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by Steve Young

Steve Young columns

The news of Gore's Nobel Prize interrupted quite an entertaining week for the Lords of Loud.

Ann Coulter had gone anti-Semite all over Judaism and reason.

"We (Christians) just want Jews to be perfected."

Bill O'Reilly used Jimmy Carter to help define the First Amendment for the Folks.

"Jimmy Carter has the right to say anything he wants, but he doesn't right to change history."

What's the matter, Bill? Can't stand the competition?

Fox's John Gibson sought to bring us all together.

"I know the shooter was white. I knew it as soon as he shot himself. Hip-hoppers don't do that. They shoot and move on to shoot again." Gibson added: "I know there's a few of you who want to call me racist. But when you do, remind -- let me remind you, African-Americans are dying in major cities because people won't face this problem."

Carter, African-Americans, Jews. Yes, they are a rich source on the demeaning propaganda menu. But those were only appetizers when you consider what Al Gore's Nobel Peace Prize did for the LOL and the White House. A White House official said, "We're happy for him but suspect he'd trade places before we would."

Yes. Who wouldn't want the splendorific legacy President Bush has molded?

Sean Hannity suggested that President Bush was one of those who deserved the Nobel Peace Prize.

Backing that up, interviewed about the Iraq War by al-Arabiya television last week, Bush said. "I believe the actions we have taken will make it more likely peace happens."

And they say the Right doesn't have a sense of humor.

Then again, Alfred Nobel did request his Peace Prize be awarded "to the person who shall have done the most or the best work for fraternity between the nations, for the abolition or reduction of standing armies."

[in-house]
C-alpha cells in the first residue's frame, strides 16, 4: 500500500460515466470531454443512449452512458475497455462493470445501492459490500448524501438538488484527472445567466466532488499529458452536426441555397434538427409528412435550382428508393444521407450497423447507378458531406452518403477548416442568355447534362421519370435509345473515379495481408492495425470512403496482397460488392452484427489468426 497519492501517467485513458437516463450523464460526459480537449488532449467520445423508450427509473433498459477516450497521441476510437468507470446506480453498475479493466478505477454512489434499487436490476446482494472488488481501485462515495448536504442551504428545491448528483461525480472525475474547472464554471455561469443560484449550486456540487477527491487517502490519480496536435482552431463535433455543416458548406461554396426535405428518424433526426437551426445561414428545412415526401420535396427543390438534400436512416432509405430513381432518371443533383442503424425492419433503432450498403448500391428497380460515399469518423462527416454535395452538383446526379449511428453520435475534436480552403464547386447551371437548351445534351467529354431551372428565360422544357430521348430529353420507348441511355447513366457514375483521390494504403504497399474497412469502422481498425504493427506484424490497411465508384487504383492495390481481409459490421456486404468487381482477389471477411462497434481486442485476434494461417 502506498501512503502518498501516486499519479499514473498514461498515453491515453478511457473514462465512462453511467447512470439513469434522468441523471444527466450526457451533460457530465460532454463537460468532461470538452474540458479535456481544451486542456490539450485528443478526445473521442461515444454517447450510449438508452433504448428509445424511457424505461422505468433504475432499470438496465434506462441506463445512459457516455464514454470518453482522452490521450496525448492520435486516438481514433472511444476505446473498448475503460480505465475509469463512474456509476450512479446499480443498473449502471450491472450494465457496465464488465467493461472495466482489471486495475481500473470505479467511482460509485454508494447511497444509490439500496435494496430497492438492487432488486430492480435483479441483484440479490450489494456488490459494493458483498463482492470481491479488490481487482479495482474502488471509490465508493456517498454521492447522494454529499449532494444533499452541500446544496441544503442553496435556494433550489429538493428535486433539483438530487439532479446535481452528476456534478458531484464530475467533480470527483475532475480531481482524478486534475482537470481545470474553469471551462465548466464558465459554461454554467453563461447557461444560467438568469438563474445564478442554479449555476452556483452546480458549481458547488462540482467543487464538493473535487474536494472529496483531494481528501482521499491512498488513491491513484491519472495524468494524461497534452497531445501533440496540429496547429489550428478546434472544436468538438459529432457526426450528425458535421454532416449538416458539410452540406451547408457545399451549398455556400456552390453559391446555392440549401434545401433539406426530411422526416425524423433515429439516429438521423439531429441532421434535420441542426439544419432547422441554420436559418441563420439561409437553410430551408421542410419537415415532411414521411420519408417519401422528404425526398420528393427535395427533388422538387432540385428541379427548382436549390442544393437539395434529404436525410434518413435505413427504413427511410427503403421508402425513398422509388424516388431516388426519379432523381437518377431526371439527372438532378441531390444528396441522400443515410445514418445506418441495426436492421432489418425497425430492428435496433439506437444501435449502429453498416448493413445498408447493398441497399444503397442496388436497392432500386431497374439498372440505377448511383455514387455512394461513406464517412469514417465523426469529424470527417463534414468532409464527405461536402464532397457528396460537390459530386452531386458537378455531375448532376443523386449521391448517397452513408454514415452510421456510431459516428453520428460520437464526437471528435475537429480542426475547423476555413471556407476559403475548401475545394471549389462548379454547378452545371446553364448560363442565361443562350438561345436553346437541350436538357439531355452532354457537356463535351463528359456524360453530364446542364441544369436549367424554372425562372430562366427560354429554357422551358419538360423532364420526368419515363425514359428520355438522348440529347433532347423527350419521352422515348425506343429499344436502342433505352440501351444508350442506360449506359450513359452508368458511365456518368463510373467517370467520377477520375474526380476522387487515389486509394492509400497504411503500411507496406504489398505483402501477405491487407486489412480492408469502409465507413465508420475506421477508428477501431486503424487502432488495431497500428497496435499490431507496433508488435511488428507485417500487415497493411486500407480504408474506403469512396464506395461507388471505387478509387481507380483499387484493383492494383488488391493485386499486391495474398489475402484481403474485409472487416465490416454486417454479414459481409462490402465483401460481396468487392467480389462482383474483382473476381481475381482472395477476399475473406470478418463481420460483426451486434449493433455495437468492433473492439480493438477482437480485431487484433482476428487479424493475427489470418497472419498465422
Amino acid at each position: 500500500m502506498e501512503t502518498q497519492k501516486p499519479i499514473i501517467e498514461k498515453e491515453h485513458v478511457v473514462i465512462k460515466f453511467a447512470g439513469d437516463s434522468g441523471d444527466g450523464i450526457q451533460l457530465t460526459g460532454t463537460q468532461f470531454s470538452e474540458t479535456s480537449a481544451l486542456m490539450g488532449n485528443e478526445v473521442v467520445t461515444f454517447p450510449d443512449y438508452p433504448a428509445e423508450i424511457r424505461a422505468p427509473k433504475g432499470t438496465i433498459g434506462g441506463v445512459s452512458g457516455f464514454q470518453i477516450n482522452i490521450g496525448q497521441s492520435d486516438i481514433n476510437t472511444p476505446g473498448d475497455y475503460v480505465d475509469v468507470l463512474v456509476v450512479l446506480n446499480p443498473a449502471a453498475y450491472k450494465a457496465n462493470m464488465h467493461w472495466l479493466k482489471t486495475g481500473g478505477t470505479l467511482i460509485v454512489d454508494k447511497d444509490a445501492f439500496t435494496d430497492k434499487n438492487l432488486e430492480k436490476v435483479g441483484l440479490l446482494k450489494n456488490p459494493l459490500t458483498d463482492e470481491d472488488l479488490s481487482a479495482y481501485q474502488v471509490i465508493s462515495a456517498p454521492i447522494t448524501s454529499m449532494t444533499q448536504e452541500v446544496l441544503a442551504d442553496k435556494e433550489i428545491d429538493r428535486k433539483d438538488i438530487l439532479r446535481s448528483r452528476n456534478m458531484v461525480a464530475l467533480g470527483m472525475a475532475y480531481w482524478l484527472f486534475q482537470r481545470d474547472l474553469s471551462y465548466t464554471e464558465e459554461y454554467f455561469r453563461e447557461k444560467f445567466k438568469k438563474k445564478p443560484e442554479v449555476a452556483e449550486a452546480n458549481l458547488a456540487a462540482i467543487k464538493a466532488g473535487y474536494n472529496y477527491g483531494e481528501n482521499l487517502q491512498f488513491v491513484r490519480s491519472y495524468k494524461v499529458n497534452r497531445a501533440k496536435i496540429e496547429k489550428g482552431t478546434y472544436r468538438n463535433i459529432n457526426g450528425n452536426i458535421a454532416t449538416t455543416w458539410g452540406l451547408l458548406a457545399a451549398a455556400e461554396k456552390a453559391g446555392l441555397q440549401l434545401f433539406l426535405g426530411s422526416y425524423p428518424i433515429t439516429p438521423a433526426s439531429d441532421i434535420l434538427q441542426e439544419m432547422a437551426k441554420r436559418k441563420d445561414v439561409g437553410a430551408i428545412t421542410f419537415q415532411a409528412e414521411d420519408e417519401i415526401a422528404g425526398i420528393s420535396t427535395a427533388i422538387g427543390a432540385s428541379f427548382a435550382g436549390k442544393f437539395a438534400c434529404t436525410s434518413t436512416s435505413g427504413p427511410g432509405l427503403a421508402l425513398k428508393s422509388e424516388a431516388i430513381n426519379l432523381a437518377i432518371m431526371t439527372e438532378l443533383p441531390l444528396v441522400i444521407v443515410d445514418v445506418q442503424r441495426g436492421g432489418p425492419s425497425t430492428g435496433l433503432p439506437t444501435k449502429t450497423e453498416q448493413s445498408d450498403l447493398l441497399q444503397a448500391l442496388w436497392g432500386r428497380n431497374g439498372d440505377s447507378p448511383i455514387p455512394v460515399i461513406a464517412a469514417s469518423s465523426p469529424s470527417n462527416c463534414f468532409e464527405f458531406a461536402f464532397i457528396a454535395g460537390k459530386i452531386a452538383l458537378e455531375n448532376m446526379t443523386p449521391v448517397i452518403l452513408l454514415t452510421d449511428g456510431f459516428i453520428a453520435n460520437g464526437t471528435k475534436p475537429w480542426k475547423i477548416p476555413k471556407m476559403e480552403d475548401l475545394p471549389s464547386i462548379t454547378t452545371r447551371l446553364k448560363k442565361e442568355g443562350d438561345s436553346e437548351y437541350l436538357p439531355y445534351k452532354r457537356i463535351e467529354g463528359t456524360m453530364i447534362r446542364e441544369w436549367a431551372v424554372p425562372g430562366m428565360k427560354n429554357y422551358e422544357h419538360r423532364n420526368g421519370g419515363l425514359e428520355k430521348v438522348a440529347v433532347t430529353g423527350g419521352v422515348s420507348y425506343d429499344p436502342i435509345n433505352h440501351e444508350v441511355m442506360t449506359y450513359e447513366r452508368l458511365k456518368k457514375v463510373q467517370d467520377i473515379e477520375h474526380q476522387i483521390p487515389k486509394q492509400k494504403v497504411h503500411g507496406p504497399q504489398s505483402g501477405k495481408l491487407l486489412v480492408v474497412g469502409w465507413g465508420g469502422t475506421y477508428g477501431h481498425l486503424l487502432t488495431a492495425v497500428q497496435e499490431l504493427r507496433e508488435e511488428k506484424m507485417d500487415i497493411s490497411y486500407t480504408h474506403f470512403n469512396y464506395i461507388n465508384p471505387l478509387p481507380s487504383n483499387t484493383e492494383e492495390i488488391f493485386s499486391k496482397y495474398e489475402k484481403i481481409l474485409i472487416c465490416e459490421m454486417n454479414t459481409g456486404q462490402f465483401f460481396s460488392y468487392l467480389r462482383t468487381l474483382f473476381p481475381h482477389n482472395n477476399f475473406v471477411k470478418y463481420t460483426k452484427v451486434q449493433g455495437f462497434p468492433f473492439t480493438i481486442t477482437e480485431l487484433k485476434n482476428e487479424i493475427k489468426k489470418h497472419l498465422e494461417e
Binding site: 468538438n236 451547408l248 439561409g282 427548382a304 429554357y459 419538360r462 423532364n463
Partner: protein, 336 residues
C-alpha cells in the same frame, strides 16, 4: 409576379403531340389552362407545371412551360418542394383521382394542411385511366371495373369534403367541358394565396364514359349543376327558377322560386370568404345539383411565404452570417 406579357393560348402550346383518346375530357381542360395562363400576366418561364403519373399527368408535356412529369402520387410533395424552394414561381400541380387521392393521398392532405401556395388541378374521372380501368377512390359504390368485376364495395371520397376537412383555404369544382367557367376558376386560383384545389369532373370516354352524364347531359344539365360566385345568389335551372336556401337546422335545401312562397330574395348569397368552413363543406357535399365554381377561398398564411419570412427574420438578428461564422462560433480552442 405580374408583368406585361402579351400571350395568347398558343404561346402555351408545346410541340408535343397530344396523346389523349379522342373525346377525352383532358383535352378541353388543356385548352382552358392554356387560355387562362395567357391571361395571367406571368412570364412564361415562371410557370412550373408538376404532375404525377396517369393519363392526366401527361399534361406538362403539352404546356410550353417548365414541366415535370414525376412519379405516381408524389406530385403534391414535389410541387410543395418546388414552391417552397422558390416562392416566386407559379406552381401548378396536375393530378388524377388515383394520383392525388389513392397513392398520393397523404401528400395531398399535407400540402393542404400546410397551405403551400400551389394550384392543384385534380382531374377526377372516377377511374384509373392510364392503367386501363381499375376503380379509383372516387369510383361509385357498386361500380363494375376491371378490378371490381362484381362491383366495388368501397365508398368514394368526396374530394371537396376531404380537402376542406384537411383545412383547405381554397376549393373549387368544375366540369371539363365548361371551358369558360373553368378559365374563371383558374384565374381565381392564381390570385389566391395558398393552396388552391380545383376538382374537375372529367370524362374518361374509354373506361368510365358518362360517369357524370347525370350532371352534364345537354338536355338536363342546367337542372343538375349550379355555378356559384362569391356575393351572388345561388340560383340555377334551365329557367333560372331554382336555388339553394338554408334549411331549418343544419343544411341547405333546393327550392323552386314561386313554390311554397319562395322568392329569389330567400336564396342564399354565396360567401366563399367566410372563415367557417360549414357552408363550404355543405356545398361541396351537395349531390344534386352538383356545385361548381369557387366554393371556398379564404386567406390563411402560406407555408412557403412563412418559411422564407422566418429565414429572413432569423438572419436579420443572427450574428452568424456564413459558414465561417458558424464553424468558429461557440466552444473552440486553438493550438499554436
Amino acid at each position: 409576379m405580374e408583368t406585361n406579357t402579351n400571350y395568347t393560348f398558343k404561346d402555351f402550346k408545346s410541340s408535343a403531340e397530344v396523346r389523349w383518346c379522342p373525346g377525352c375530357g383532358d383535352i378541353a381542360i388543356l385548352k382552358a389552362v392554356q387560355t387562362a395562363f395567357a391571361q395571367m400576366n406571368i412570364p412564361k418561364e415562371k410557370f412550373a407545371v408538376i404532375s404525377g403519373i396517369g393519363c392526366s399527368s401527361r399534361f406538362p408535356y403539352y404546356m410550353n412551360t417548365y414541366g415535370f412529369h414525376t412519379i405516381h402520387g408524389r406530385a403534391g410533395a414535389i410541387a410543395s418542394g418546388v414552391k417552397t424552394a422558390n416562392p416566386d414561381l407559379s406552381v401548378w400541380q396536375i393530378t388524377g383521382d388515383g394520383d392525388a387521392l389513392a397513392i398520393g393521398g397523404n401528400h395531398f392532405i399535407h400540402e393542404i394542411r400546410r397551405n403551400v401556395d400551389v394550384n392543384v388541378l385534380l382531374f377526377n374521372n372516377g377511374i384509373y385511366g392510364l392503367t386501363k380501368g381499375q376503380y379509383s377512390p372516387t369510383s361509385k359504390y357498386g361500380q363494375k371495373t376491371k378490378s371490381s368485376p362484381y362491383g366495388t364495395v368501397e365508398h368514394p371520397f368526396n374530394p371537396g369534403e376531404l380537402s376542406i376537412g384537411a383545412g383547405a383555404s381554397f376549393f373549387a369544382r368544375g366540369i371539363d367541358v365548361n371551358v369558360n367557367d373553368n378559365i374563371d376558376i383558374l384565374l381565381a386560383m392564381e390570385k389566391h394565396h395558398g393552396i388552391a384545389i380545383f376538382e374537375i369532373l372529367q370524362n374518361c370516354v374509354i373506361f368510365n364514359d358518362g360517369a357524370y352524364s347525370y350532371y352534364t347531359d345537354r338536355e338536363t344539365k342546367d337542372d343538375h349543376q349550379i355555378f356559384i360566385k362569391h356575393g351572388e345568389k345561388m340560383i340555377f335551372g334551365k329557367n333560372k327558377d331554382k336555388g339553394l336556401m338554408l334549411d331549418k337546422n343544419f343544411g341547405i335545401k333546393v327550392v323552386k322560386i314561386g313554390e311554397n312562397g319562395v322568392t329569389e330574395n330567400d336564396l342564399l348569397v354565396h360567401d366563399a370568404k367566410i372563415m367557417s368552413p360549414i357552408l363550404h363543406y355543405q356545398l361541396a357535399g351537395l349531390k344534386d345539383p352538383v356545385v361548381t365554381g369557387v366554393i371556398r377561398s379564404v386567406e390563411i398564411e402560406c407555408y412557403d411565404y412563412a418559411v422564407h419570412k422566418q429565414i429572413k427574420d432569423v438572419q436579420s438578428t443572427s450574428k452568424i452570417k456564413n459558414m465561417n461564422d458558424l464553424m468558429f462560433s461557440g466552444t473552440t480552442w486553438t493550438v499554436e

Saying that Bush's invasion of Iraq created a world-wide "fraternity" against us would be facetious at best, but starting with the dissolution of the Iraqi Army through the slow abandonment of the Coalition of the More and More Unwilling, who but President Bush has done as much to reduce the standing armies in Iraq? When you count the dead and disabled along with the continuing crippling of own armies and National Guard to deal with further battle fronts and homeland emergencies, Mr. Bush should be a shoo-in for the Prize.

And who better than Lt. Gen. Ricardo S. Sanchez, Bush's former top American commander, to give the nominating speech?

This week, with his subtle reflection of Bush's Iraq prize-winning efforts, which he called a "living a nightmare with no end in sight," General Sanchez gave us some advance copy of what might appear in the speech.

"There was been a glaring and unfortunate display of incompetent strategic leadership within our national leaders."

Tell me Mr. Gore isn't chomping at the bit to trade places.

Sanchez added that civilian officials have been "derelict in their duties" and guilty of a "lust for power."

"After more than fours years of fighting, America continues its desperate struggle in Iraq without any concerted effort to devise a strategy that will achieve victory in that war-torn country or in the greater conflict against extremism."

"The administration, Congress and the entire inter-agency, especially the State Department, must shoulder responsibility for the catastrophic failure, and the American people must hold them accountable."

What better way to hold Bush and his apologists accountable than to give Bush the Peace Prize as Nobel had intended it to be?

The inventor of dynamite would demand no less of his endowment.

Steve Young is author of "Great Failures of the Extremely Successful...Mistakes, Adversity, Failure and Other Stepping Stones to Success" (

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Albion Monitor   October 12, 2007   (

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